A friend of my parents who travelled extensively once told me that Turkey was the best country she had ever visited. From then on, it was this exotic, magical place that I would one day have to see. Although reality could not live up to the imagination of a 10 year old, I was not disappointed.
Istanbul felt like a giant theme park to me. The mosques, the people and the way they dressed, the food stalls filled with kebabs and all sorts of baklava, sweet tea served on neat silver trays, and small side streets that turn into massive markets that you get lost in.
The Blue Mosque – Sultan Ahmed Mosque
This was a place to get lost in and that’s just what we did. We left our hotel and walked. We followed a tourist map that directed us past the main tourist attractions and then we walked more. The city is full of color and breath-taking structures. We did the typical tourist thing and snapped picture, after picture, after picture.
It was an incredible day that we realised was coming to an end when we felt the distinct ache in our tired feet. We ended our first day eating a delicious Tagine stew and drinking Lassie while watching the sun set behind the Blue Mosque. It was a very good day!
Hagia Sophia & The Basilica Cistern
On day two, we paced ourselves and decided to explore a few of the touristy highlights. Hagai Sophia is an impressively beautiful mosque and worth visiting to explore the different levels and experience its vastness.
Not far from the mosque is the Basilica Cistern which is the largest of several hundred ancient cisterns that lie beneath the city. They were used to filter water that was provided to the Great Palace of old Constantinople. It had fish swimming in the clear water and raised board-walks winding between the pillars so we could easily walk through the large room.
If you are planning to visit Istanbul on a tour or tight schedule and only get to spend a day in Istanbul, you will still be able to get in a good dose of the sight. Check out this link to the Backstreet Nomad to plan all the stops you can fit into an awesome sightseeing day.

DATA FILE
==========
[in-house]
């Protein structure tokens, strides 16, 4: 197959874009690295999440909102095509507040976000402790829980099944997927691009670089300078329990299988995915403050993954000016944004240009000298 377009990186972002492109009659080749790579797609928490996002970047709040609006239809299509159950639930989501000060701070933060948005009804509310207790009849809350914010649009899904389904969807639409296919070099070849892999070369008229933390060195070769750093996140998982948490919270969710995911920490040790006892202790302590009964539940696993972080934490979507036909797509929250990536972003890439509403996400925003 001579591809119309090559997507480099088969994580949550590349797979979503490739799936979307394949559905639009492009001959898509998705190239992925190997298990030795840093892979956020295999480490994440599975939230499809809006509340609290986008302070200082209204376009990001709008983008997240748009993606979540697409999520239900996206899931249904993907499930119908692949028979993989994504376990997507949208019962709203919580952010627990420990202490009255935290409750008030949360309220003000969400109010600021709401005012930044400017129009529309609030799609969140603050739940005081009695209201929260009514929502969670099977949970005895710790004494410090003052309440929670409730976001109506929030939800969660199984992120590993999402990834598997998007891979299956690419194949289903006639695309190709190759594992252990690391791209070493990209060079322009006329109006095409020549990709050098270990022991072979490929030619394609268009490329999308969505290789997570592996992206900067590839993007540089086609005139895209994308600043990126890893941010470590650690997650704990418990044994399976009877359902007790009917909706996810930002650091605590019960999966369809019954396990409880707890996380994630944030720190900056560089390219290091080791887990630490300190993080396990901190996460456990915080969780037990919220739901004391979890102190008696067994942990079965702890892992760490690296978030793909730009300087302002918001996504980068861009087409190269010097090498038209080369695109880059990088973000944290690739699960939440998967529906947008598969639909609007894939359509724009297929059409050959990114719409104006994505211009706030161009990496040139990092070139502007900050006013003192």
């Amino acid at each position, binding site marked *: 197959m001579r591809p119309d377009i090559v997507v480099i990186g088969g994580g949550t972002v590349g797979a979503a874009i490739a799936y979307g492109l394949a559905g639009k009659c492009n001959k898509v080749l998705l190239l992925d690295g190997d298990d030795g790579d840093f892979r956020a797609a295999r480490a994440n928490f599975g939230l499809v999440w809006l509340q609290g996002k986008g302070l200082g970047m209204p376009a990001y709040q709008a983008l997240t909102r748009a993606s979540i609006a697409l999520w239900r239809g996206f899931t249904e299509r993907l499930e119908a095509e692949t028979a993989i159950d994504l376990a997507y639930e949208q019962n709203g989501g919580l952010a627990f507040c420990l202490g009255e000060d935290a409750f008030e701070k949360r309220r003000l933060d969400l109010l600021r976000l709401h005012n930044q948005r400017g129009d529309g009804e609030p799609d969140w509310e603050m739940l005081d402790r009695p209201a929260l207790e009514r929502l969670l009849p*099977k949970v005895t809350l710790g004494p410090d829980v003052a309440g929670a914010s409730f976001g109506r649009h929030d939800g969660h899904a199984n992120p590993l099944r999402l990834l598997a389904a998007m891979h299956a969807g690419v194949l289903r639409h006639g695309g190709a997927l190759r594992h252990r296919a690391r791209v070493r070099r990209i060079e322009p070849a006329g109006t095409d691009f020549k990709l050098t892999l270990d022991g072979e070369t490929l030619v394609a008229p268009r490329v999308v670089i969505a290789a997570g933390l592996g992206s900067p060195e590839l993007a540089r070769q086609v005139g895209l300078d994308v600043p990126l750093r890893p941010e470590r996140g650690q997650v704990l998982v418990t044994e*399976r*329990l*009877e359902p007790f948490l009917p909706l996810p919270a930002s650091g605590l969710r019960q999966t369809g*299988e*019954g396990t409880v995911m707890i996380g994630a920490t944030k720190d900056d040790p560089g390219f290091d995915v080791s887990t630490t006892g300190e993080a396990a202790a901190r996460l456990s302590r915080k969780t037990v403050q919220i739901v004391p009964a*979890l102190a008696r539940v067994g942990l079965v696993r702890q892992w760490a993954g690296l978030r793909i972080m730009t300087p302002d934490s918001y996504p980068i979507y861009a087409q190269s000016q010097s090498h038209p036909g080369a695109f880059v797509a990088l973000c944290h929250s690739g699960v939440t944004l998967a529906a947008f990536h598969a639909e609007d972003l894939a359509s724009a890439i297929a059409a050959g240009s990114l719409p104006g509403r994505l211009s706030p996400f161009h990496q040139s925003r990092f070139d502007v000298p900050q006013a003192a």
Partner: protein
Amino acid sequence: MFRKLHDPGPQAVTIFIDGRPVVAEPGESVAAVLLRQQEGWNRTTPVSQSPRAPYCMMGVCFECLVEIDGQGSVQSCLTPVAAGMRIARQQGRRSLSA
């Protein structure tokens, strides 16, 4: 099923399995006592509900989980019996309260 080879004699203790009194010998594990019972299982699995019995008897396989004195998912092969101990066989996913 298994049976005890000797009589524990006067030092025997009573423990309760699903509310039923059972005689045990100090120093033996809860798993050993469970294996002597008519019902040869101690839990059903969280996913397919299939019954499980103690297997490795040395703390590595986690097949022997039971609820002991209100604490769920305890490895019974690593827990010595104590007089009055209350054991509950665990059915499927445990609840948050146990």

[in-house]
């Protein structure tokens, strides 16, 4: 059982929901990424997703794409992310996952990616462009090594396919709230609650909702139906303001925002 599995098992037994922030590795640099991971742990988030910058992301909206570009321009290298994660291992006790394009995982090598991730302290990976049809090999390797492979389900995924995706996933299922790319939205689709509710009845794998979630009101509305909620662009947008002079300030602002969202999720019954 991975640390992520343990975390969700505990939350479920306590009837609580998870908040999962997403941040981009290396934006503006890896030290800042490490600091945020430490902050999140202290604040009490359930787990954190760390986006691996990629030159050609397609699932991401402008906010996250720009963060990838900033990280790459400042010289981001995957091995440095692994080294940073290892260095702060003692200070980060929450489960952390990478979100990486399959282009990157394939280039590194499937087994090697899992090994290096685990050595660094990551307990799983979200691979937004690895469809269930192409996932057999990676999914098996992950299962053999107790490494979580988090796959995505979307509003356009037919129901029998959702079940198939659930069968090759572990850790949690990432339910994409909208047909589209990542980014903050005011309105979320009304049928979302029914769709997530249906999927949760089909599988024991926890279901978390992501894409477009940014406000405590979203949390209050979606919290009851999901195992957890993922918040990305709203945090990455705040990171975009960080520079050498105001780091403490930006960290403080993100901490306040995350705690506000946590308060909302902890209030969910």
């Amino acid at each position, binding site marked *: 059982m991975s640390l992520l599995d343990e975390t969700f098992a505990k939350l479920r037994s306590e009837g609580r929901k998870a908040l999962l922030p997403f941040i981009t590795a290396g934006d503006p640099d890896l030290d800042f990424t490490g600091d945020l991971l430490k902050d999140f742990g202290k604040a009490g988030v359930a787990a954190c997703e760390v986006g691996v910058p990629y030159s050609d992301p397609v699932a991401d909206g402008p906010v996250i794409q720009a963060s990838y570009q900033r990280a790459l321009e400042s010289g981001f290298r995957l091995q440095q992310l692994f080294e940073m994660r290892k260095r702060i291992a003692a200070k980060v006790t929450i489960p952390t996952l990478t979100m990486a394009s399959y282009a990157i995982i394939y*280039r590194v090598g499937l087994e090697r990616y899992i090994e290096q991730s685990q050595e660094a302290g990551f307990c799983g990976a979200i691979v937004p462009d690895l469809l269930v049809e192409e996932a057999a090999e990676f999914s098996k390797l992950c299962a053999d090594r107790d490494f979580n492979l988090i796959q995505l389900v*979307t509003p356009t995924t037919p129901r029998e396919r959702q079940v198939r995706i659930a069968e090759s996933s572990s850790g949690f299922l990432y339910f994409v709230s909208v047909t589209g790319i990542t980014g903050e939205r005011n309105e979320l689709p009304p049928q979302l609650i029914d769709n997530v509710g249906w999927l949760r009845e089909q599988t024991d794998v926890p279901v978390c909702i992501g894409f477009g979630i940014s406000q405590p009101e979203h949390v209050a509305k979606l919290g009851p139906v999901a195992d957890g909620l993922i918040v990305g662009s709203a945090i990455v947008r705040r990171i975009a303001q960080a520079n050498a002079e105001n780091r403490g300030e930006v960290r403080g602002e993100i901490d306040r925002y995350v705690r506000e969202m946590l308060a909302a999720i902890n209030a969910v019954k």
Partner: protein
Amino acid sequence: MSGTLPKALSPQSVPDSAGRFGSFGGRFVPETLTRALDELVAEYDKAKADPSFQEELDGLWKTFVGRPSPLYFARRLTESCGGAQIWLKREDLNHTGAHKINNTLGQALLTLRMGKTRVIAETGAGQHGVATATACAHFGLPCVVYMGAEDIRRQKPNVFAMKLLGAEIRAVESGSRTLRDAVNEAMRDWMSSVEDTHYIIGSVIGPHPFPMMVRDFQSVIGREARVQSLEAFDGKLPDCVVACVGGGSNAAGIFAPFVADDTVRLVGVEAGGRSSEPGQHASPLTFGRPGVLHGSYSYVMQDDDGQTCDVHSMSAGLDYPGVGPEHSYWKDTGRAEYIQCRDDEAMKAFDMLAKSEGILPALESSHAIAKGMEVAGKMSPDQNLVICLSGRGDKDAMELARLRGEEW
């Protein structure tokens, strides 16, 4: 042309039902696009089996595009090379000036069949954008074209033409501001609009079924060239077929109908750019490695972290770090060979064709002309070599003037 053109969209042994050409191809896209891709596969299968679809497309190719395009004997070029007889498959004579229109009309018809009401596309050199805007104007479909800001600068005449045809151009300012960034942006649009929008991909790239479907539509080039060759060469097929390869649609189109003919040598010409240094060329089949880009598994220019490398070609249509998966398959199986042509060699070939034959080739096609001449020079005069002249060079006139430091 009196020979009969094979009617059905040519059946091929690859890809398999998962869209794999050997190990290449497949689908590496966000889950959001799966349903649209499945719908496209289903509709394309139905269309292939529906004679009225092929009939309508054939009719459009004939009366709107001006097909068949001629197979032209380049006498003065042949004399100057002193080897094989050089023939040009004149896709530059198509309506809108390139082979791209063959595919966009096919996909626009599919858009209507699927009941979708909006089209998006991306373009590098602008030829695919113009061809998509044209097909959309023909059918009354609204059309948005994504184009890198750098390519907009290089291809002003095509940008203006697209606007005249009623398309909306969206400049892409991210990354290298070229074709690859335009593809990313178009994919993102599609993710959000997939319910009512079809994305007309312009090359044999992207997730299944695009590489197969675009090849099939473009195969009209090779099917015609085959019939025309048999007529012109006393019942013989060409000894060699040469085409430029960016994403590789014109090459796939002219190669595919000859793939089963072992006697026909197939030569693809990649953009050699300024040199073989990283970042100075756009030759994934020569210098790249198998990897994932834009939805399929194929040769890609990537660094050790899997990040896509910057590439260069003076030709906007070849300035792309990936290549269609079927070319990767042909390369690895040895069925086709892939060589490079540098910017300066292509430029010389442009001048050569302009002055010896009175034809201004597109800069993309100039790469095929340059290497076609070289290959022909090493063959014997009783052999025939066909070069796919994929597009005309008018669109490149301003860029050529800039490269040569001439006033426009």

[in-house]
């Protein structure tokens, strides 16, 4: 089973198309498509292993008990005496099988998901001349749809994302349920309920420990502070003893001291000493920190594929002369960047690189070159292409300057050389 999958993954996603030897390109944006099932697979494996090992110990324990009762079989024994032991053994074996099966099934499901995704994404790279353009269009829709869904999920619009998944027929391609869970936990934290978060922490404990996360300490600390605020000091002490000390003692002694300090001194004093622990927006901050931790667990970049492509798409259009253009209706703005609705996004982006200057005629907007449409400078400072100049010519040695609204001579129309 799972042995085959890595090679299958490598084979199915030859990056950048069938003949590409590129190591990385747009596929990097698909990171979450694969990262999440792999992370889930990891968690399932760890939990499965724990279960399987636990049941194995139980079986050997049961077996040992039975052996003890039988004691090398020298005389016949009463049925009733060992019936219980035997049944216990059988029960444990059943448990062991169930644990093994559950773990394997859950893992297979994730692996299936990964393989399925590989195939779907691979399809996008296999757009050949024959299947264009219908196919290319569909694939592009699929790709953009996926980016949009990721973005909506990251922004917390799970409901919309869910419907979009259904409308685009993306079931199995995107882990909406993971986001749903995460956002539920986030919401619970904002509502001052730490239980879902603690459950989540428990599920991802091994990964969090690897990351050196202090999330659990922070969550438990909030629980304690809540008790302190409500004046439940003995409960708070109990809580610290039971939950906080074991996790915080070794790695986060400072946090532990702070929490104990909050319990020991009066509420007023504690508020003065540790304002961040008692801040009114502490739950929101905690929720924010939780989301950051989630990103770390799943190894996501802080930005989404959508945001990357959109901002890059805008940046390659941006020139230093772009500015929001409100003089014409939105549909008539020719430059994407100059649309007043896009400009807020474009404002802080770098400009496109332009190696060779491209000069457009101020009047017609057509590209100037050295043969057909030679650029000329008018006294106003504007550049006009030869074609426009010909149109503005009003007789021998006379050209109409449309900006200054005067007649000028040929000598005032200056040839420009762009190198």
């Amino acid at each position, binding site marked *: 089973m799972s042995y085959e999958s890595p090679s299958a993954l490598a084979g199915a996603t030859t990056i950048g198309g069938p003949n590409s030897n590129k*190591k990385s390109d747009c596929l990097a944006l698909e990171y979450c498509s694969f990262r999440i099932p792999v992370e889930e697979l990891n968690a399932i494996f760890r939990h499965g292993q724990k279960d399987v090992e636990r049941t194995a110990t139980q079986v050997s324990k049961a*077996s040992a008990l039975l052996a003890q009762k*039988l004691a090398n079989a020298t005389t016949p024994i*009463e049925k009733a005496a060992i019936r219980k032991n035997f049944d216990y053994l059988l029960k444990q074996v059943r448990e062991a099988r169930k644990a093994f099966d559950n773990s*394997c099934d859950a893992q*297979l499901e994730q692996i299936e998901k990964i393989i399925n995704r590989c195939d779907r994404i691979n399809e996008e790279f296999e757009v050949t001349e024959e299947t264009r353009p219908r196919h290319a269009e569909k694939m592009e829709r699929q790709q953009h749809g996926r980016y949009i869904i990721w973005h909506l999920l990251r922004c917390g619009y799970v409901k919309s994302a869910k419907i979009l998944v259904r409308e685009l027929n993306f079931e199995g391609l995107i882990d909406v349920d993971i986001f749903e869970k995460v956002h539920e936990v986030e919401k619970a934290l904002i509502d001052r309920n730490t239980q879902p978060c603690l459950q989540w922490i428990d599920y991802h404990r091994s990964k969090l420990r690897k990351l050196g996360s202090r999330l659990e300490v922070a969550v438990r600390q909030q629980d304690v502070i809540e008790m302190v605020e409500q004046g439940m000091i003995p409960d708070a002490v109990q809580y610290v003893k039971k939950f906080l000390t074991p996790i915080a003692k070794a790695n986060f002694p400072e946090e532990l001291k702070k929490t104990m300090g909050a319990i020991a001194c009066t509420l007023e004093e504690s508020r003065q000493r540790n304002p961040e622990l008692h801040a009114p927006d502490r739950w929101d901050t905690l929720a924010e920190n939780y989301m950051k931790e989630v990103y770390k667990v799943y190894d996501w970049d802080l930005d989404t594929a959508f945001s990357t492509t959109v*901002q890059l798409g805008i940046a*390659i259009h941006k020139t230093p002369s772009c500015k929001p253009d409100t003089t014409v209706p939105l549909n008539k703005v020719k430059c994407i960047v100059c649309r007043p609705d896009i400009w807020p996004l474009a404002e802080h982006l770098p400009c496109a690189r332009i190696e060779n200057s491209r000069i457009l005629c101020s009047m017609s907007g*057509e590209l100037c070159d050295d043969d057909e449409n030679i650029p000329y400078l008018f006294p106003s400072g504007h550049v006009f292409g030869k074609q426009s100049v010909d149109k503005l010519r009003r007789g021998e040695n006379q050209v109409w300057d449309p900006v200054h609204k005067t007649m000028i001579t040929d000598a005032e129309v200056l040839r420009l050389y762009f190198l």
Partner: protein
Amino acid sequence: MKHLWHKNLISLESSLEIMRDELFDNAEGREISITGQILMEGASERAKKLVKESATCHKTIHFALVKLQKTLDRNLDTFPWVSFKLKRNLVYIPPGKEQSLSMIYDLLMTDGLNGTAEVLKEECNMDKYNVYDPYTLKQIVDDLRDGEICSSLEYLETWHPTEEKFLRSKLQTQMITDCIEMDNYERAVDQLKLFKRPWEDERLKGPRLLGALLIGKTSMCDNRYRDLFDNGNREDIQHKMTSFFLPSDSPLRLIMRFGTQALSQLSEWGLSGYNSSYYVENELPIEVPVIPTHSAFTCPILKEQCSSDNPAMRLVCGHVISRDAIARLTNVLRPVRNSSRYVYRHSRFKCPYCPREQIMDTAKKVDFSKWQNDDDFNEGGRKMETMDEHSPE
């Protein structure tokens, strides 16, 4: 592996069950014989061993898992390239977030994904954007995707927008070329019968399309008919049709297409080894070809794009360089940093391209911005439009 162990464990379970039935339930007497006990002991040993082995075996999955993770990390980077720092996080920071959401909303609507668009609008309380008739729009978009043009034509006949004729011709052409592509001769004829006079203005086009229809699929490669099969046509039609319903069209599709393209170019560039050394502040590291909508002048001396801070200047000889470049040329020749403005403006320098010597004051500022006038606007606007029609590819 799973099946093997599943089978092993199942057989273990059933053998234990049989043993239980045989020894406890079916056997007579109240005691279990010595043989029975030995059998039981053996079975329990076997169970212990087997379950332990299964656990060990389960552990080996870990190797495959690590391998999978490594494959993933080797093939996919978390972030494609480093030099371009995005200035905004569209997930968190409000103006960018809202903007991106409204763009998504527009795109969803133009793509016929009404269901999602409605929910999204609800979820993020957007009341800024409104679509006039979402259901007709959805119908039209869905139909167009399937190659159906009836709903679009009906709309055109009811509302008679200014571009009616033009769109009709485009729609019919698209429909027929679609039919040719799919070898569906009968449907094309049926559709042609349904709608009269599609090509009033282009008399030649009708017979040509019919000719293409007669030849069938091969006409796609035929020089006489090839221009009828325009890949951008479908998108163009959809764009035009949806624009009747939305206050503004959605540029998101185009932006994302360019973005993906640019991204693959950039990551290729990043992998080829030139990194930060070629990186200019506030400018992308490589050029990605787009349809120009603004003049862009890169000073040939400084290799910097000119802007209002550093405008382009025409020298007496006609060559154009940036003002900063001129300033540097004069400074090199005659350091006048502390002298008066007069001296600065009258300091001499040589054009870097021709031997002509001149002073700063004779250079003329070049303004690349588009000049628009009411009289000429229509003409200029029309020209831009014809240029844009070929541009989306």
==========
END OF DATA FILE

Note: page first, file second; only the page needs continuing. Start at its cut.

Ghost Village Of Kayakoy, Fethiye
Kayakoy, is a deserted village consists of hundreds of rundown stone houses with an abandoned old church in the centre. We arrived at the “reception” area and were met by an old Turkish lady who communicated the price of entry. From there on in, we were left to explore the ruins alone, accompanied only by a few stray goats.
The eerie feel of this deserted place is incredible. For anyone who obsesses about anything apocalyptic, this place with have your imagination firing off the charts. The village is large and extends for almost a kilometre up the hill into the forest. It must have been a busy, bustling centre in its time but today there are little more that goats, ghosts and wild daisy’s growing between the buildings.
Pamukkale & Hierapolis
Our 10 day trip had come to an end and our flight was leaving that afternoon. We were making our way back to Istanbul and this was our last stop.
Pamukkale, meaning “cotton castle” is located in southwestern Turkey. The city contains hot springs and terraced rim pools, created by minerals deposited from the warm flowing water. We entered at the bottom of the hill and climbed the terraces to the top. At the top of the hill, there were ruins of older structures and the entrance to the source of the hot springs.
The water was invitingly warm and we stole a few extra minutes to swim amongst the ruins left at the bottom of the traditional baths.
Just before we left the site, we were lucky to spot several whirling dervishes performing a religious dance called the sema. (Unfortunately the camera only captured them taking a break) Start to finish, this turkey trip had been a cultural feast.
From the moment I arrived in Istanbul, I knew I was in another world. We stayed in the old city which felt authentically Turkish. This is not an easy element to harness, especially in modern times when “old” culture is lost between modern adaptations and popular culture catering to tourists.